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Review of the New York City Watershed Protection Program (2020)

Chapter: Appendix A: Technical Appendix on Trend Analysis

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Suggested Citation:"Appendix A: Technical Appendix on Trend Analysis." National Academies of Sciences, Engineering, and Medicine. 2020. Review of the New York City Watershed Protection Program. Washington, DC: The National Academies Press. doi: 10.17226/25851.
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Appendix A

Technical Appendix on Trend Analysis

The following approach was used to evaluate trends in Chapter 5. For each site with two or more years of soil sample data the Kendall S (Kendall, 1975) statistic was computed. S is the number of data pairs showing an upward trend in soil test phosphorus minus the number showing a downward trend. The variance of the S statistic VarS was computed using the correction for tied values (Kendall, 1975). Also, for any given field, all pairwise slopes between soil test phosphorus values are computed. These are actually computed on the natural logarithm of the soil test phosphorus value. The Regional Kendall test (Helsel and Frans, 2006) results are identical for slopes computed with the actual data versus slopes computed with the logarithms. This test is repeated for all fields being considered in the test (this is 3,529 fields for the test of the full data set but is a smaller number for some of the subsets shown in Table 5-2).

The overall Regional Kendall test is computed as follows:

Image

Si is the Kendall S statistic for the ith field

VarSi is the variance of Si

Then the attained significance level for the test is determined by comparing to a standard normal distribution.

For the computation of trend slopes the analysis is conducted on the natural logs of the soil test phosphorus data. In most applications of the Mann-Kendall test or Regional Kendall test the slope estimate is typically calculated using the Theil-Sen slope estimator which is the median of all pairwise trend slopes computed in accordance with the calculation of the Kendall S statistic. However, in the case of this data set, that estimate is not informative because there is such a large number of tied soil test phosphorus values that the median of these is typically zero. As an alternative, the trend slopes are computed here as the mean of all pairwise trend slopes of the log of soil test phosphorus. These mean trend slopes are then transformed as follows.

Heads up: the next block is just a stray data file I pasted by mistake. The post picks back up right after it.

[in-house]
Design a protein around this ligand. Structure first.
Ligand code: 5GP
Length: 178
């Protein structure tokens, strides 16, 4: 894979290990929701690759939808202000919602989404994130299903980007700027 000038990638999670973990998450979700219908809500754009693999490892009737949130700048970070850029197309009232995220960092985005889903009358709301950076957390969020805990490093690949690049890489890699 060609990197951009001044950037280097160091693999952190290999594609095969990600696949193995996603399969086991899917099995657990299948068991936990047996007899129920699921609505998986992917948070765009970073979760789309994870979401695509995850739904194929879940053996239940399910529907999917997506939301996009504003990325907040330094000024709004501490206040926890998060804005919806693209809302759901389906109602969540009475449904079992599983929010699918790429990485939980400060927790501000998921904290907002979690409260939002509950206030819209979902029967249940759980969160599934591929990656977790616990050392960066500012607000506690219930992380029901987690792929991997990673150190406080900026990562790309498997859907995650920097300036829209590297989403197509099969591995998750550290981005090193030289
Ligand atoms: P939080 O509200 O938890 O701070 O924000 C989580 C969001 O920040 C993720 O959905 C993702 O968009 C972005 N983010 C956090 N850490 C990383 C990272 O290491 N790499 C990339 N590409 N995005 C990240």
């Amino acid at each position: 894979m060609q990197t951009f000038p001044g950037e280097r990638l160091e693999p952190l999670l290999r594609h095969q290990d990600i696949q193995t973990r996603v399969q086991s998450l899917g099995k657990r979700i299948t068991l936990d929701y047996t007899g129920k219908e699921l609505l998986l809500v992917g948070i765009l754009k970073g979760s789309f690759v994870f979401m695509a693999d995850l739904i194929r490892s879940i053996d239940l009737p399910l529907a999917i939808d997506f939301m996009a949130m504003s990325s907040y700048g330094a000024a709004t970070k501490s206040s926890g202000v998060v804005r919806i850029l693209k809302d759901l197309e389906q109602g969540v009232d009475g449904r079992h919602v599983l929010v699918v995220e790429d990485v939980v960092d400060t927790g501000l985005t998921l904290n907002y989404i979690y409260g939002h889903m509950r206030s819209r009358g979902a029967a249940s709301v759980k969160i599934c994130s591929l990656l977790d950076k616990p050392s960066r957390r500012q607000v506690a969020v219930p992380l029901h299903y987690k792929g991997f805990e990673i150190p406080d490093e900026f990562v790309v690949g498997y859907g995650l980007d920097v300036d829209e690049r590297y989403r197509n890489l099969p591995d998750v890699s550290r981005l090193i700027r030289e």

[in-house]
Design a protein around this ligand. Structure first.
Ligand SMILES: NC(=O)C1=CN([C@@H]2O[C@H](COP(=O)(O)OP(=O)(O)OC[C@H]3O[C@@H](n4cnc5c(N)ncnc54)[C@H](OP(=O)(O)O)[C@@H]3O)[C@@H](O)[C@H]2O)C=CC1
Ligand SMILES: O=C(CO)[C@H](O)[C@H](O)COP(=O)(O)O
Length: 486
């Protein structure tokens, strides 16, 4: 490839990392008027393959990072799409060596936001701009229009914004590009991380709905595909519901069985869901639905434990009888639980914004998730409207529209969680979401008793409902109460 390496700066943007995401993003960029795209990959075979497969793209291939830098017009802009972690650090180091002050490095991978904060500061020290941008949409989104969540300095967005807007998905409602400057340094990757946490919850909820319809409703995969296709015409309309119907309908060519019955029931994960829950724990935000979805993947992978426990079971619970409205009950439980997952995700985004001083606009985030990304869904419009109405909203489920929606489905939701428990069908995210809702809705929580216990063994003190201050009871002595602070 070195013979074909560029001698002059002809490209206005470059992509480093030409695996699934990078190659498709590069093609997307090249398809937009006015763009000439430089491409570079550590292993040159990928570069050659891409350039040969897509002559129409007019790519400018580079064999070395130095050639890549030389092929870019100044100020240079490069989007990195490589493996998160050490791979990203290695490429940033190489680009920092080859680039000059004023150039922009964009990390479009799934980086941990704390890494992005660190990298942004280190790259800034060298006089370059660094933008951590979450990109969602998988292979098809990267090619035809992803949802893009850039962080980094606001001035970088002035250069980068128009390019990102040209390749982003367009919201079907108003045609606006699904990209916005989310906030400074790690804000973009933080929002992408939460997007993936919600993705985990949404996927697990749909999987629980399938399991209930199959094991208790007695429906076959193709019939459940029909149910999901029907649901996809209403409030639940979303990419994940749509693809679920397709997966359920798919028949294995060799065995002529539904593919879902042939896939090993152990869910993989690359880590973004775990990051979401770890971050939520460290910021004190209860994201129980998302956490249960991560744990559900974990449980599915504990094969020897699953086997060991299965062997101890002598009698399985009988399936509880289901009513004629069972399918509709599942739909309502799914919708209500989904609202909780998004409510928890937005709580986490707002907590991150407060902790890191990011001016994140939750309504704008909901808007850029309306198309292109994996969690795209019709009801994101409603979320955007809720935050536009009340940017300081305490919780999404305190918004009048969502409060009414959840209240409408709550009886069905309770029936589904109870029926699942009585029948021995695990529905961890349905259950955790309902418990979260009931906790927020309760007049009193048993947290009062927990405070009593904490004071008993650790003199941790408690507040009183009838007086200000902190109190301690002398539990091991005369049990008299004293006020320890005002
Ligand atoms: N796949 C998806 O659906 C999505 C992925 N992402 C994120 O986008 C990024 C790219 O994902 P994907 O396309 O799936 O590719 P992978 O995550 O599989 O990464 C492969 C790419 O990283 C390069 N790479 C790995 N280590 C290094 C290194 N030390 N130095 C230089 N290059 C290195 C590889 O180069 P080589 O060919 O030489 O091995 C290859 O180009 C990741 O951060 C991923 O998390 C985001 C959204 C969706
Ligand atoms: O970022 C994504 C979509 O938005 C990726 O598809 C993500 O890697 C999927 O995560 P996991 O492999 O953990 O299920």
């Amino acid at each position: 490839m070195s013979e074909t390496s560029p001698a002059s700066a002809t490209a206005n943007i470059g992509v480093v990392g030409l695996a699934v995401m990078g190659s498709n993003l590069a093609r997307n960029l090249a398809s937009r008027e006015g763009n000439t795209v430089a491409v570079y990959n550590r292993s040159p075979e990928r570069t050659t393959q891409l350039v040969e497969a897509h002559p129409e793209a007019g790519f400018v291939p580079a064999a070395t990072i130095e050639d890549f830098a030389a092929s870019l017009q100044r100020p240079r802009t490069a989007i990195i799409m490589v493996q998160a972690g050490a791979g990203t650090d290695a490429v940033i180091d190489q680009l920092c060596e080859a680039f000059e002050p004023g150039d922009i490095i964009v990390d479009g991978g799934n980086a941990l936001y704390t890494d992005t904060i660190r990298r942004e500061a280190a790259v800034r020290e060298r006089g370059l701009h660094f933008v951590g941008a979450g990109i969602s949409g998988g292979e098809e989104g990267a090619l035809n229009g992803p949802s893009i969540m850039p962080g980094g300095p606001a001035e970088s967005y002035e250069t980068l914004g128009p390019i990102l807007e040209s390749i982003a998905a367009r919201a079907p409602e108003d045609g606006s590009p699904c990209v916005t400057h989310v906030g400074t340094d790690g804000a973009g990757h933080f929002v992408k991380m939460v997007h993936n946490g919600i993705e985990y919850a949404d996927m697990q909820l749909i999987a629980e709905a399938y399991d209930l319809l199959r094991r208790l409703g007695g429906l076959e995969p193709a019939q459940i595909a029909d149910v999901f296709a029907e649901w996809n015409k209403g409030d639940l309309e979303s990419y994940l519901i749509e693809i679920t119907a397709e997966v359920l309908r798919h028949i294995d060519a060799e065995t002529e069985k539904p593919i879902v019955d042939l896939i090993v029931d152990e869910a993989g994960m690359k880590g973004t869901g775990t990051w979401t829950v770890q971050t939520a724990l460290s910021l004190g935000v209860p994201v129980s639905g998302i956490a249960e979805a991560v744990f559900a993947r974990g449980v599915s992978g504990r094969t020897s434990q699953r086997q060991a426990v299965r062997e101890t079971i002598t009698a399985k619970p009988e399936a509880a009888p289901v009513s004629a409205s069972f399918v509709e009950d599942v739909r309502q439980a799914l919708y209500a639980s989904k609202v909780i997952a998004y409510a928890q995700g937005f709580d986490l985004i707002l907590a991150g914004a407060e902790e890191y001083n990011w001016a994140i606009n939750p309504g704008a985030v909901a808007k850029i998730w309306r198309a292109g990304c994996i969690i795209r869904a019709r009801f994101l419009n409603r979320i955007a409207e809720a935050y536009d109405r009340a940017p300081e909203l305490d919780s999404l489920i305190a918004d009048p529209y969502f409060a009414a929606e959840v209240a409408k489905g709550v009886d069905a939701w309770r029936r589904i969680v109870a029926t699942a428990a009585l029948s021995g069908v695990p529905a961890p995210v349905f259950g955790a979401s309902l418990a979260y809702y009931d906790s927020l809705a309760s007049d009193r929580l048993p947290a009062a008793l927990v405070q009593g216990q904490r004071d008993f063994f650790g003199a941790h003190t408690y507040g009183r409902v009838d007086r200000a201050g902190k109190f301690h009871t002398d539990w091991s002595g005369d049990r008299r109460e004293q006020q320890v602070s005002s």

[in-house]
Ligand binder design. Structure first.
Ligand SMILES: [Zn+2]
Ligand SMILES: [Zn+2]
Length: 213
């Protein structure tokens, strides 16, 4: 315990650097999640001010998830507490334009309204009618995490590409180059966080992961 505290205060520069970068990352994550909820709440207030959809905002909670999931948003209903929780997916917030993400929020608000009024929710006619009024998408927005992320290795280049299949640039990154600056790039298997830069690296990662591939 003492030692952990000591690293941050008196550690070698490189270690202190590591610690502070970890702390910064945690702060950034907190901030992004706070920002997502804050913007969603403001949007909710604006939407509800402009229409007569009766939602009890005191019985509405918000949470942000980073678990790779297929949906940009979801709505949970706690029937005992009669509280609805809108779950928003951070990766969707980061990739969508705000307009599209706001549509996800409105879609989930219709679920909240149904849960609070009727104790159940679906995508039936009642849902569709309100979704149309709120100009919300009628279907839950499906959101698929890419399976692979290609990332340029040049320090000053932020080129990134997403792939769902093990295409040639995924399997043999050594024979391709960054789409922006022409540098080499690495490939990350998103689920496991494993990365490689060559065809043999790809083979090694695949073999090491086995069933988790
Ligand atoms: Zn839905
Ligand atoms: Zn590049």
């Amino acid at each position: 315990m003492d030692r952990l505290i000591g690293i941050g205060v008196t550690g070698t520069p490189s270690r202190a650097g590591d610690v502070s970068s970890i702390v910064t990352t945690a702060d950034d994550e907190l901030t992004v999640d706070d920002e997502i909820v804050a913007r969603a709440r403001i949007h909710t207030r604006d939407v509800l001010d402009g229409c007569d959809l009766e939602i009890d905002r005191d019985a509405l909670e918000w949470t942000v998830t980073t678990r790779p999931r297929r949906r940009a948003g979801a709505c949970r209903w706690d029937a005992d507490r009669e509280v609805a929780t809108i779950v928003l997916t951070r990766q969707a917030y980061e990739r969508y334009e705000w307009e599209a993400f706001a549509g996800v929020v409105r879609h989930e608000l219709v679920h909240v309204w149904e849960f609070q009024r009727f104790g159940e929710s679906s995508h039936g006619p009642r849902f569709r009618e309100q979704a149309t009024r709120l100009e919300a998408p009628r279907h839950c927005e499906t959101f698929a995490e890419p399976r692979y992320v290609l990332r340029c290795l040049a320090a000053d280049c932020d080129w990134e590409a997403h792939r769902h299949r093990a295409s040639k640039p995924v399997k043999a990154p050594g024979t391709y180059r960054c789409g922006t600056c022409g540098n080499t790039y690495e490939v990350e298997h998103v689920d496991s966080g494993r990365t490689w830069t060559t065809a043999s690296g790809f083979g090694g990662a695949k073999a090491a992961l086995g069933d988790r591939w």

Suggested Citation:"Appendix A: Technical Appendix on Trend Analysis." National Academies of Sciences, Engineering, and Medicine. 2020. Review of the New York City Watershed Protection Program. Washington, DC: The National Academies Press. doi: 10.17226/25851.
×

If b is the estimated (mean) trend slope, in log concentration units per year, then the trend in percent per year (B) is computed as:

B = 100 ∙ (eb – 1)

Using this approach, one can compute the change over a period of n years (expressed as a ratio to the starting value) as:

en∙b

Thus, we can consider an example where the trend slope of the log values is b = –0.020 then the trend in percent is -1.98 percent/year, and the ratio of the value in the 10th year to the value in the starting year is 0.818 (a decline of 18 percent over the decade).

REFERENCES

Helsel, D. R., and L. M. Frans. 2006. Regional Kendall test for trend. Environmental Science and Technology 40(13):4066–4073.

Kendall, M. G. 1975. Rank Correlation Methods. London: Charles Griffin.

Suggested Citation:"Appendix A: Technical Appendix on Trend Analysis." National Academies of Sciences, Engineering, and Medicine. 2020. Review of the New York City Watershed Protection Program. Washington, DC: The National Academies Press. doi: 10.17226/25851.
×
Page 391
Suggested Citation:"Appendix A: Technical Appendix on Trend Analysis." National Academies of Sciences, Engineering, and Medicine. 2020. Review of the New York City Watershed Protection Program. Washington, DC: The National Academies Press. doi: 10.17226/25851.
×
Page 392
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New York City's municipal water supply system provides about 1 billion gallons of drinking water a day to over 8.5 million people in New York City and about 1 million people living in nearby Westchester, Putnam, Ulster, and Orange counties. The combined water supply system includes 19 reservoirs and three controlled lakes with a total storage capacity of approximately 580 billion gallons. The city's Watershed Protection Program is intended to maintain and enhance the high quality of these surface water sources.

Review of the New York City Watershed Protection Program assesses the efficacy and future of New York City's watershed management activities. The report identifies program areas that may require future change or action, including continued efforts to address turbidity and responding to changes in reservoir water quality as a result of climate change.

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